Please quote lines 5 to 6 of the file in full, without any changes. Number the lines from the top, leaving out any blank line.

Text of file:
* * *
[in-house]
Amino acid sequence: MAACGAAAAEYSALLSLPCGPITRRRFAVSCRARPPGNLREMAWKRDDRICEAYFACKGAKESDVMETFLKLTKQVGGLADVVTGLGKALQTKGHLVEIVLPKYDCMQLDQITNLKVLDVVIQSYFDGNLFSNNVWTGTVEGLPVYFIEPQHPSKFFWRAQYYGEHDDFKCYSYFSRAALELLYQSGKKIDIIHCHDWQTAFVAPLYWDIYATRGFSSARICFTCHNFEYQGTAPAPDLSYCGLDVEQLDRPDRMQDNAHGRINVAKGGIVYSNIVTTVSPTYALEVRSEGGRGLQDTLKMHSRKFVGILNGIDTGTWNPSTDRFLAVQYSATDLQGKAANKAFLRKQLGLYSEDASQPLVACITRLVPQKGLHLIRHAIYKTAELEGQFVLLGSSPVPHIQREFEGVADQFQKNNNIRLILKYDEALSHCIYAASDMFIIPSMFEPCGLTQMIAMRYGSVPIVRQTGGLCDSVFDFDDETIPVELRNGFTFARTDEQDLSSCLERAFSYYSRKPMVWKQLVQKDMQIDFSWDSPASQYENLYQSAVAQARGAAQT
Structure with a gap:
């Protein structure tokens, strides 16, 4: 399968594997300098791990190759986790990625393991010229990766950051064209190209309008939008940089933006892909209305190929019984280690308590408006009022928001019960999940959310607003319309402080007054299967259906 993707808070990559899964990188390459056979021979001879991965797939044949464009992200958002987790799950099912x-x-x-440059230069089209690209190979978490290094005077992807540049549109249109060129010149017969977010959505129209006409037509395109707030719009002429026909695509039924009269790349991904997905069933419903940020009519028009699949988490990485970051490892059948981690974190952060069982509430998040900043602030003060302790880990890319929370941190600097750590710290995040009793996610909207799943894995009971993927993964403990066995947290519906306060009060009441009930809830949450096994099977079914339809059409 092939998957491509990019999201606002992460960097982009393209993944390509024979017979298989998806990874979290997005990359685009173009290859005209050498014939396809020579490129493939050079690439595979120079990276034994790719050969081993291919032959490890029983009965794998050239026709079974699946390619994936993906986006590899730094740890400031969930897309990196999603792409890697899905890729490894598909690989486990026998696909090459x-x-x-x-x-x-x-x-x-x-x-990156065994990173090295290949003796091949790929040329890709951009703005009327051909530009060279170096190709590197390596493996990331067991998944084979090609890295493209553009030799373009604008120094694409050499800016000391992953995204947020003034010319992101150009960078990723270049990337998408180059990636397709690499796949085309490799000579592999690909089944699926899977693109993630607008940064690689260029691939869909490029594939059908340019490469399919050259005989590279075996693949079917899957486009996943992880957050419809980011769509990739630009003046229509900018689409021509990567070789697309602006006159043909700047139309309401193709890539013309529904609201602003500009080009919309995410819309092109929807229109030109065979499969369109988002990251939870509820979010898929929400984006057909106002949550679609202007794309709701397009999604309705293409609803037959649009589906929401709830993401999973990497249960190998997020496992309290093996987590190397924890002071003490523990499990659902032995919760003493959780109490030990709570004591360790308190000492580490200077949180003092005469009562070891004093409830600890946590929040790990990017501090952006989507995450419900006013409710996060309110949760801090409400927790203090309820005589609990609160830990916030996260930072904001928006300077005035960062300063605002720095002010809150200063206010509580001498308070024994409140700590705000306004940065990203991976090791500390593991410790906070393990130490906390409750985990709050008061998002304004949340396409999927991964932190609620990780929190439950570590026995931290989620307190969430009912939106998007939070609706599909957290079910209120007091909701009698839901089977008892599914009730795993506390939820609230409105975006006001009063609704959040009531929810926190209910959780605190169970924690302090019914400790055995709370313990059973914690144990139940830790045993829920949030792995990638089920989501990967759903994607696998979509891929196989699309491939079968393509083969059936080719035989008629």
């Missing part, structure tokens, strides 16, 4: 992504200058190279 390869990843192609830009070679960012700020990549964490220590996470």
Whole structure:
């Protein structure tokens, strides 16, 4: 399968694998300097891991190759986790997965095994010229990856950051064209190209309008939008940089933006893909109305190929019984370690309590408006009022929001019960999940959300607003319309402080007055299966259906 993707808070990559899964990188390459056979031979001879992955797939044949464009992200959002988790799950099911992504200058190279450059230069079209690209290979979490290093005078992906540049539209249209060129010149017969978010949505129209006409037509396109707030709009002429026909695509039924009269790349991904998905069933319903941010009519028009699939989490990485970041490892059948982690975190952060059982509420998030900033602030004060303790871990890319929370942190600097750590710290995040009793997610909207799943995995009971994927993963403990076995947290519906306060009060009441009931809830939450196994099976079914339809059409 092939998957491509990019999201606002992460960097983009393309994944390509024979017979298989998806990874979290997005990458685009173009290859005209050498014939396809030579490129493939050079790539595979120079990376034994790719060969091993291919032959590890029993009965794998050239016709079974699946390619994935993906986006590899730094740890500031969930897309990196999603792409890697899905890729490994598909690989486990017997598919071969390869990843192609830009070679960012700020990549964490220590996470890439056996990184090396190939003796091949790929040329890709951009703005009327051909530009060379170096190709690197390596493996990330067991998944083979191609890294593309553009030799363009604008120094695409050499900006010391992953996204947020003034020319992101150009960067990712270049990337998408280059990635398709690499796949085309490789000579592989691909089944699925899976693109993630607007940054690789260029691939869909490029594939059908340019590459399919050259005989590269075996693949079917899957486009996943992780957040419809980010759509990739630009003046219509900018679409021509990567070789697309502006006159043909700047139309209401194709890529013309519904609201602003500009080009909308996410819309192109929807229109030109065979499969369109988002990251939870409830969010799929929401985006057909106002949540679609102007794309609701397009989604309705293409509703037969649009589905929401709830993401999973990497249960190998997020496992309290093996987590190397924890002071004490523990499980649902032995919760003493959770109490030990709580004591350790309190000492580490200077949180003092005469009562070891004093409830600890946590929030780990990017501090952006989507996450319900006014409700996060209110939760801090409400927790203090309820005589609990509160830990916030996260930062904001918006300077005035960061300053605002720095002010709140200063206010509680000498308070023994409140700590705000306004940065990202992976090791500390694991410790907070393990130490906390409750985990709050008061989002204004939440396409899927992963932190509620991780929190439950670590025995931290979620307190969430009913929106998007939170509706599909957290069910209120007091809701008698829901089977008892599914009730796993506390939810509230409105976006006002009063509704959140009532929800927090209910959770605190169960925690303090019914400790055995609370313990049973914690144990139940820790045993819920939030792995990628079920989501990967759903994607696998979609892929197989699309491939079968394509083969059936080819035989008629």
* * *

């Missing part, structure tokens, strides 16, 4: 992504200058190279 390869990843192609830009070679960012700020990549964490220590996470």
Whole structure: